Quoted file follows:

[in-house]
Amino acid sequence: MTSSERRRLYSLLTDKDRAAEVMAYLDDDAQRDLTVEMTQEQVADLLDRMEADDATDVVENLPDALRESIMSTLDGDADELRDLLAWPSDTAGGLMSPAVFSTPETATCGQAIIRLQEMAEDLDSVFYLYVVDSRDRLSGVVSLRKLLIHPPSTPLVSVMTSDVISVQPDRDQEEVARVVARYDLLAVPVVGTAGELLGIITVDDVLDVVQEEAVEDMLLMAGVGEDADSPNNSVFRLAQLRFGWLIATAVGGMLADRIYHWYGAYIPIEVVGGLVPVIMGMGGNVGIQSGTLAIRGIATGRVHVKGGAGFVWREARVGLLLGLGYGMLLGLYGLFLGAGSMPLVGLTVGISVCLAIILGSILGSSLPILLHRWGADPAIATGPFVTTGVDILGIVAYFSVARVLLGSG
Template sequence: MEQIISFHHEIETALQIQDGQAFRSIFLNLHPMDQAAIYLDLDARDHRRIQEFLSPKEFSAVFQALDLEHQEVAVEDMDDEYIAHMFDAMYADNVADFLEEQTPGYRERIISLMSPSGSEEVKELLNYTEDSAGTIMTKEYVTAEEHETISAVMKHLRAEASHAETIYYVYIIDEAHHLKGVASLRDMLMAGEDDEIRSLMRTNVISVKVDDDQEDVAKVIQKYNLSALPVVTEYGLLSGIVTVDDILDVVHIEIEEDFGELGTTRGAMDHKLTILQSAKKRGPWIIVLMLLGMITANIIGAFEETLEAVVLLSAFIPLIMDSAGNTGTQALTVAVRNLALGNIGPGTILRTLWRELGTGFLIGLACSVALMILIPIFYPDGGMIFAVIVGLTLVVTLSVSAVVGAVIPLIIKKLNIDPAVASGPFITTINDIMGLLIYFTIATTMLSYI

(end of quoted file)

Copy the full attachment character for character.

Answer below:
[in-house]
Amino acid sequence: MTSSERRRLYSLLTDKDRAAEVMAYLDDDAQRDLTVEMTQEQVADLLDRMEADDATDVVENLPDALRESIMSTLDGDADELRDLLAWPSDTAGGLMSPAVFSTPETATCGQAIIRLQEMAEDLDSVFYLYVVDSRDRLSGVVSLRKLLIHPPSTPLVSVMTSDVISVQPDRDQEEVARVVARYDLLAVPVVGTAGELLGIITVDDVLDVVQEEAVEDMLLMAGVGEDADSPNNSVFRLAQLRFGWLIATAVGGMLADRIYHWYGAYIPIEVVGGLVPVIMGMGGNVGIQSGTLAIRGIATGRVHVKGGAGFVWREARVGLLLGLGYGMLLGLYGLFLGAGSMPLVGLTVGISVCLAIILGSILGSSLPILLHRWGADPAIATGPFVTTGVDILGIVAYFSVARVLLGSG
Template sequence: MEQIISFHHEIETALQIQDGQAFRSIFLNLHPMDQAAIYLDLDARDHRRIQEFLSPKEFSAVFQALDLEHQEVAVEDMDDEYIAHMFDAMYADNVADFLEEQTPGYRERIISLMSPSGSEEVKELLNYTEDSAGTIMTKEYVTAEEHETISAVMKHLRAEASHAETIYYVYIIDEAHHLKGVASLRDMLMAGEDDEIRSLMRTNVISVKVDDDQEDVAKVIQKYNLSALPVVTEYGLLSGIVTVDDILDVVHIEIEEDFGELGTTRGAMDHKLTILQSAKKRGPWIIVLMLLGMITANIIGAFEETLEAVVLLSAFIPLIMDSAGNTGTQALTVAVRNLALGNIGPGTILRTLWRELGTGFLIGLACSVALMILIPIFYPDGGMIFAVIVGLTLVVTLSVSAVVGAVIPLIIKKLNIDPAVASGPFITTINDIMGLLIYFTIATTMLSYI